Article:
Wednesday, September 15, 2021

CMS Proposes Adding Payment for Telehealth Services by Mental Health Professionals

The federal government is proposing to permanently allow payment under the Medicare program for “audio-only” telehealth mental health services. These services have been temporarily reimbursed as part of the government’s response to the COVID-19 public health emergency. The government also would retain other temporarily reimbursed telehealth services through 2023 in order to evaluate whether those services should be permanently added to the list of covered Medicare services.

The recommended changes are part of the proposed 2022 Physician Fee Schedule by the Centers for Medicare and Medicaid Services (CMS). A final rule will be issued later this year; look for further reporting in Psychiatric News.

The proposed telehealth recommendations are a victory for psychiatrists and their patients for which APA has strongly advocated.

“Audio-only services have been a lifeline for patients for whom it is the only option when seeking mental health and substance use disorder treatment,” wrote APA CEO and Medical Director Saul Levin, M.D., M.P.A., in a letter to CMS Administrator Chiquita Brooks-LaSure. “Patients who cannot interact with their physician via a live, synchronous audio-video connection may need to rely on audio-only care for myriad reasons: they may lack access to sufficient broadband internet or access to the technology itself (e.g., they may not own a smartphone, tablet, or PC); their diagnosis may preclude using such technology; or they may not consent to being seen via video.”

He added, “We appreciate [that] CMS is proposing to make permanent—or otherwise continue to temporarily extend and evaluate—many of the telehealth provisions that clinicians and patients have relied on over the course of the public health emergency.”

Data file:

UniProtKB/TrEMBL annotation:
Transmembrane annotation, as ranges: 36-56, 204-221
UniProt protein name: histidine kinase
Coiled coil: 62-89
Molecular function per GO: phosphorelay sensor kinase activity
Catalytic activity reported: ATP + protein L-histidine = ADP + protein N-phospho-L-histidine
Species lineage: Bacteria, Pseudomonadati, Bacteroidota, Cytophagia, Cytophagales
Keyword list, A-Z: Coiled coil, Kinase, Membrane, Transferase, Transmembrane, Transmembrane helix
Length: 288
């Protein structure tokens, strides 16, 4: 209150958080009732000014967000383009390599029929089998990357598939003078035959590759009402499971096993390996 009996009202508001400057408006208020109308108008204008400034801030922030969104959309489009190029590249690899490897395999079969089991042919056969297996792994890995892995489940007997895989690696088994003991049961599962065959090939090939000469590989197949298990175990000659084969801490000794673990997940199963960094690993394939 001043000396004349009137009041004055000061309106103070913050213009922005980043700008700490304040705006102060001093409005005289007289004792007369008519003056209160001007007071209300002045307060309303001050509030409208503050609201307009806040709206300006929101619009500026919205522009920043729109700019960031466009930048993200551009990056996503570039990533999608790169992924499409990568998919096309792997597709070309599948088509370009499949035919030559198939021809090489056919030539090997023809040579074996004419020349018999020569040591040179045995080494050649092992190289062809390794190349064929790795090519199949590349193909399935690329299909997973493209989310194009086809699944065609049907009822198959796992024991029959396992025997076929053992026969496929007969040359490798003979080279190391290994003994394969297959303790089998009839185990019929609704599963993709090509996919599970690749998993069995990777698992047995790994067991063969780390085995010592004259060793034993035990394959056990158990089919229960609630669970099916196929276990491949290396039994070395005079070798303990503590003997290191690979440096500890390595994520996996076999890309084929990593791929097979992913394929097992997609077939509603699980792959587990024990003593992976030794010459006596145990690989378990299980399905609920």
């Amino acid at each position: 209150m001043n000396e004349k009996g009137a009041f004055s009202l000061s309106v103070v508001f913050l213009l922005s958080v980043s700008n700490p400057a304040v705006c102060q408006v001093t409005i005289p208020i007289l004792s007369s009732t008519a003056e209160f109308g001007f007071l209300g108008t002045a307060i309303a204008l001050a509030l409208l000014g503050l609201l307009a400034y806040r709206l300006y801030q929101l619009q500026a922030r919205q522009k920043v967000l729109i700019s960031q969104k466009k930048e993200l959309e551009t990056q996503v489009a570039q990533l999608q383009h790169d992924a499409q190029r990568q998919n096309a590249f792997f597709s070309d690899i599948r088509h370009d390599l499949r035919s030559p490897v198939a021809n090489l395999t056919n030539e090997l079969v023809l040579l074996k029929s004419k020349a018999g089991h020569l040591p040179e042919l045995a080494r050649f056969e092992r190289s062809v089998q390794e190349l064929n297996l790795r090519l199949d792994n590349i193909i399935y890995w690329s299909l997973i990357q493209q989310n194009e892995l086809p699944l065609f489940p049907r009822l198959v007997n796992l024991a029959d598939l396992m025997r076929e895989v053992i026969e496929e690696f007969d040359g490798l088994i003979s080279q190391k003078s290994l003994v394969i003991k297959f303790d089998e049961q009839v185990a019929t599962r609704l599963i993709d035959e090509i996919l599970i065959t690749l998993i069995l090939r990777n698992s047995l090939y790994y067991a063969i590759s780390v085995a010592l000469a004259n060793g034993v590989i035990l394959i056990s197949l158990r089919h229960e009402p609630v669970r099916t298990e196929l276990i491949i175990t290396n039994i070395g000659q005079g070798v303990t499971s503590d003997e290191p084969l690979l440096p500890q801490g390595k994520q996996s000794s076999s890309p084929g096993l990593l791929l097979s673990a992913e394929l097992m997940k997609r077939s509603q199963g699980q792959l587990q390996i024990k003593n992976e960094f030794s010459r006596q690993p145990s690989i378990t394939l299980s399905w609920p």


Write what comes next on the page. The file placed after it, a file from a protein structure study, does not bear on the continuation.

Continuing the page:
Coverage of audio-only services would be restricted to clinicians who have the capability to furnish two-way audiovisual services and who have seen the patient in person at least once in the previous six months. In its comments to CMS, APA urged CMS to waive the six-month in-person requirement, emphasizing that the need for an in-person visit should be left to the psychiatrist’s clinical judgment.

The proposed rule also includes changes to the physician payment formula. Importantly, CMS is proposing a reduction to the “conversion factor” used in the formula that is likely to result in an overall reduction in physician payment. The change is partly the result of a budget neutrality adjustment that requires improvements in payment for Evaluation and Management Services last year to be offset in 2022 to maintain budget neutrality.

According to an AMA analysis of the impact of the proposed changes on different specialties, psychiatry would experience an overall reduction in payment of 3.1%; how individual practices will be affected would depend on practice and billing patterns.

In the letter to CMS, Levin urged CMS and the Department of Health and Human Services to work together with Congress to waive the budget neutrality adjustment set to go into place for 2022. “The reduction in the Medicare conversion factor will have a significant financial impact on psychiatrists who treat Medicare patients and comes at a time when practices have already experienced financial losses due to the COVID-19 public health emergency,” Levin wrote. “Payment cuts will only further compound the growing access problem for patients with mental health and/or substance use disorders.”

For more information, see the Psychiatric News article “CMS Proposes Permanent Payment for Telehealth Services Allowed During Pandemic.” A report on the final rule will appear in the December issue of Psychiatric News.

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